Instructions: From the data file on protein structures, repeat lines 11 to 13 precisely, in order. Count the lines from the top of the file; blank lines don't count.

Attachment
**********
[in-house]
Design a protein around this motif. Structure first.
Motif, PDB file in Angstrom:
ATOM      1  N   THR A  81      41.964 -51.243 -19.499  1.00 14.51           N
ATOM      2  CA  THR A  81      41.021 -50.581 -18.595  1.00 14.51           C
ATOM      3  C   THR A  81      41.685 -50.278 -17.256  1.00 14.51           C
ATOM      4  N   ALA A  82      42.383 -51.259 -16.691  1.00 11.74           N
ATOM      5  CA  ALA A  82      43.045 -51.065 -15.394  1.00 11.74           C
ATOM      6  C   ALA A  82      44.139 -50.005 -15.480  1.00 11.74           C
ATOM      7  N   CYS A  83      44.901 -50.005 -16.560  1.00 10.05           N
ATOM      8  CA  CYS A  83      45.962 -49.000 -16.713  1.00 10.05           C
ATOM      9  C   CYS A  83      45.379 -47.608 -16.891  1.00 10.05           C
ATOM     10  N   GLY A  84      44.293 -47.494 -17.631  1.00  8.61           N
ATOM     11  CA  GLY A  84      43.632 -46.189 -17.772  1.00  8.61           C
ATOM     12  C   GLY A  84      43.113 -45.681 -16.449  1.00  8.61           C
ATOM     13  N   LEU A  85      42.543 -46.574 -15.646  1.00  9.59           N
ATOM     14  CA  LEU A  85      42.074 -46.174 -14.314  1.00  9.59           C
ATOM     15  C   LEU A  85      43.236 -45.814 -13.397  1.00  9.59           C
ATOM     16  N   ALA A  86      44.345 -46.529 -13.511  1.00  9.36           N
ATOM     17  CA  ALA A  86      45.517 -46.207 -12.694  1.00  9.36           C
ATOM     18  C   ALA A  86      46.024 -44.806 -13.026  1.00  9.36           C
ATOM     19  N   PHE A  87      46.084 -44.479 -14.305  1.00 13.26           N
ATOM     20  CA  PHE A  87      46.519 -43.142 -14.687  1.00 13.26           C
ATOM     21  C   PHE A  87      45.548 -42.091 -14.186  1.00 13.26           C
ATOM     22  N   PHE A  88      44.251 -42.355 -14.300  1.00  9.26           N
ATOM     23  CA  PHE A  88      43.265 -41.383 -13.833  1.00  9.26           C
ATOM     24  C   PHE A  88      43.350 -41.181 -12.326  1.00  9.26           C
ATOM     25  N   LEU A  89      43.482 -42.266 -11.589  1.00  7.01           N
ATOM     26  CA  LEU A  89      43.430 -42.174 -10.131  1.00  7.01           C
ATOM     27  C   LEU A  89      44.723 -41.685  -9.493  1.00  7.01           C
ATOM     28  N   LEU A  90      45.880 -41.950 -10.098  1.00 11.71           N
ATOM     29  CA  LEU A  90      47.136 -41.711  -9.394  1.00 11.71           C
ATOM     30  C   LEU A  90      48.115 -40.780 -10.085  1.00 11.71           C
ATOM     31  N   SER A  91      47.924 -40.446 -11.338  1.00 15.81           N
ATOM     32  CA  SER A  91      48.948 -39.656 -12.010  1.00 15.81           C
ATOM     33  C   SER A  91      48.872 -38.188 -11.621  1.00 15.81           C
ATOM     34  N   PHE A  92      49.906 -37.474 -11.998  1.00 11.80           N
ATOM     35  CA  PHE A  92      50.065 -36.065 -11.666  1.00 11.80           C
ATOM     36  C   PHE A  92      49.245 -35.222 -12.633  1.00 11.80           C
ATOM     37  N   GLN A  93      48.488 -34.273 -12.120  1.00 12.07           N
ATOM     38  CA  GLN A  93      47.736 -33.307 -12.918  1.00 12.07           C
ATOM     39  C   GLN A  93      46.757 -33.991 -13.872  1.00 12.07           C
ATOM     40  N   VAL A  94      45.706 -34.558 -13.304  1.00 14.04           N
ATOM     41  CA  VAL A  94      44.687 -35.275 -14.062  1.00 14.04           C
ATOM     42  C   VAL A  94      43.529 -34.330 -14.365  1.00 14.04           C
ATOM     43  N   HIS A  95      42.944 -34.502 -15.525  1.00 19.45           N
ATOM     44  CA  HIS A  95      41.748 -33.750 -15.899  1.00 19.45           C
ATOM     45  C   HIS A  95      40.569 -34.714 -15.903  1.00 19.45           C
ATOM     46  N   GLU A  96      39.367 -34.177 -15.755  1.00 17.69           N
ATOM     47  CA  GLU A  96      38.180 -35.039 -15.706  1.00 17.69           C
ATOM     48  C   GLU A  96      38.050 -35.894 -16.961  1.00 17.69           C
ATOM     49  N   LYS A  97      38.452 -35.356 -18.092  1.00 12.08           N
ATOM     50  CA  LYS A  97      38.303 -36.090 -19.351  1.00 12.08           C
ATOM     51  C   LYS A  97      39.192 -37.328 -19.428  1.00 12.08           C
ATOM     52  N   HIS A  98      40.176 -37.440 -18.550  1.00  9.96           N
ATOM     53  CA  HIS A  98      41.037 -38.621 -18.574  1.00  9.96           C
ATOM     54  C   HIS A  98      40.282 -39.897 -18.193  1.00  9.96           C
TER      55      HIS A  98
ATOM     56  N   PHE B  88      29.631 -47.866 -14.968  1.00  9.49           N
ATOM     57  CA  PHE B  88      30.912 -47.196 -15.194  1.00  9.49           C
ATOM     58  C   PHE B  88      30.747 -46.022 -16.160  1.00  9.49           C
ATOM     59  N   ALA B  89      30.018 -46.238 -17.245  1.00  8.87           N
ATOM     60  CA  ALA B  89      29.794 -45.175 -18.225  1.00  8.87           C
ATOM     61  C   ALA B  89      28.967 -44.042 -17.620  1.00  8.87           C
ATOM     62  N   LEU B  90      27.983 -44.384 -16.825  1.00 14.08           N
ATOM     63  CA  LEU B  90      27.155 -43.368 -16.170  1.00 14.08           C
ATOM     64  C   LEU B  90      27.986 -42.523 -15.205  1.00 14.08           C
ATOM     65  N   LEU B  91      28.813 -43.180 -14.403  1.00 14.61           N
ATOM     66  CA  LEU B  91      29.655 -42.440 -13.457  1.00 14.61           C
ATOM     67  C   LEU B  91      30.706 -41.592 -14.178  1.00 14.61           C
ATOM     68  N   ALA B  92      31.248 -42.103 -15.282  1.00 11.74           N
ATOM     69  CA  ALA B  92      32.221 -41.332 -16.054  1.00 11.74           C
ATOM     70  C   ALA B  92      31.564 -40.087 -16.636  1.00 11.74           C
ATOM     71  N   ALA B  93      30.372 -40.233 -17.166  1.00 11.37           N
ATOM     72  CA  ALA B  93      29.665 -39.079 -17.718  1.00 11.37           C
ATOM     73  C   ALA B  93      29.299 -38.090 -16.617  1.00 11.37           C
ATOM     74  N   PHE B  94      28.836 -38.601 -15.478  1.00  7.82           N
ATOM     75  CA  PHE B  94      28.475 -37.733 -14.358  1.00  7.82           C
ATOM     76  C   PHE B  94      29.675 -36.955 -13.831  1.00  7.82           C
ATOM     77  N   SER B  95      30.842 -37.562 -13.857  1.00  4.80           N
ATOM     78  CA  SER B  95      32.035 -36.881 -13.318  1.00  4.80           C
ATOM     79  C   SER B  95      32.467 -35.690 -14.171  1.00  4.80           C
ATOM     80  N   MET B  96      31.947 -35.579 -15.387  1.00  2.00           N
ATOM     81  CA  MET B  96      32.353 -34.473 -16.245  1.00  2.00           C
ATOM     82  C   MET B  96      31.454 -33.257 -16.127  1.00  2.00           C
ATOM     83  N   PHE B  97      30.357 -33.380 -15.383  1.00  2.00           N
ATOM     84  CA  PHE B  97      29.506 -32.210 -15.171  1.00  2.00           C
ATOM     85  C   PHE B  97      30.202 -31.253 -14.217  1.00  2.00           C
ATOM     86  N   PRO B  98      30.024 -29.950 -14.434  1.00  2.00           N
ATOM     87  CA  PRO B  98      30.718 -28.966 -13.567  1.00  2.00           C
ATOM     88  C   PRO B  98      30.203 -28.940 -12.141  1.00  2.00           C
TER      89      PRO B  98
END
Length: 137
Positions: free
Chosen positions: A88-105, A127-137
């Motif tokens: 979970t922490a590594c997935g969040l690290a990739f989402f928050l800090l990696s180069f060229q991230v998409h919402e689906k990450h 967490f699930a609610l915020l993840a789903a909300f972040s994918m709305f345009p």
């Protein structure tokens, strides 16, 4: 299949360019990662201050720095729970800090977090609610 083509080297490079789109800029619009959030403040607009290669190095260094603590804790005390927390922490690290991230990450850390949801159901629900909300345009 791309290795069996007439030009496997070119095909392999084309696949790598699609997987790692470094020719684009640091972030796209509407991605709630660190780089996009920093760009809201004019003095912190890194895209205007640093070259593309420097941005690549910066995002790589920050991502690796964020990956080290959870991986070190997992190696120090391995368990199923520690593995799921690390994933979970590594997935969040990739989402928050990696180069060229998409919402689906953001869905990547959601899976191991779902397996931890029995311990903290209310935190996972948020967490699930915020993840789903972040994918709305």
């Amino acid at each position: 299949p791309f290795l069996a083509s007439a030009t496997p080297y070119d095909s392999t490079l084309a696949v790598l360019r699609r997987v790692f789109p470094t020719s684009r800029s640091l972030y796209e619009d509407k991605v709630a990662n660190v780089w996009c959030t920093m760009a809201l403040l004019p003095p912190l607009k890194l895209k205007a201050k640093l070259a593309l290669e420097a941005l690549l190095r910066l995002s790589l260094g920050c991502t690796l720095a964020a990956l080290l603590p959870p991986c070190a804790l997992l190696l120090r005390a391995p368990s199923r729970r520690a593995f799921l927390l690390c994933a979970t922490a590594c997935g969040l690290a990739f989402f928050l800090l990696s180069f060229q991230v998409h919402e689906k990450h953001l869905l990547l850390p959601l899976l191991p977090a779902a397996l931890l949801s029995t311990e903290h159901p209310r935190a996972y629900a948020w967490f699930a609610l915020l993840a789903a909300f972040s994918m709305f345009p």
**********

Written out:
ATOM      8  CA  CYS A  83      45.962 -49.000 -16.713  1.00 10.05           C
ATOM      9  C   CYS A  83      45.379 -47.608 -16.891  1.00 10.05           C
ATOM     10  N   GLY A  84      44.293 -47.494 -17.631  1.00  8.61           N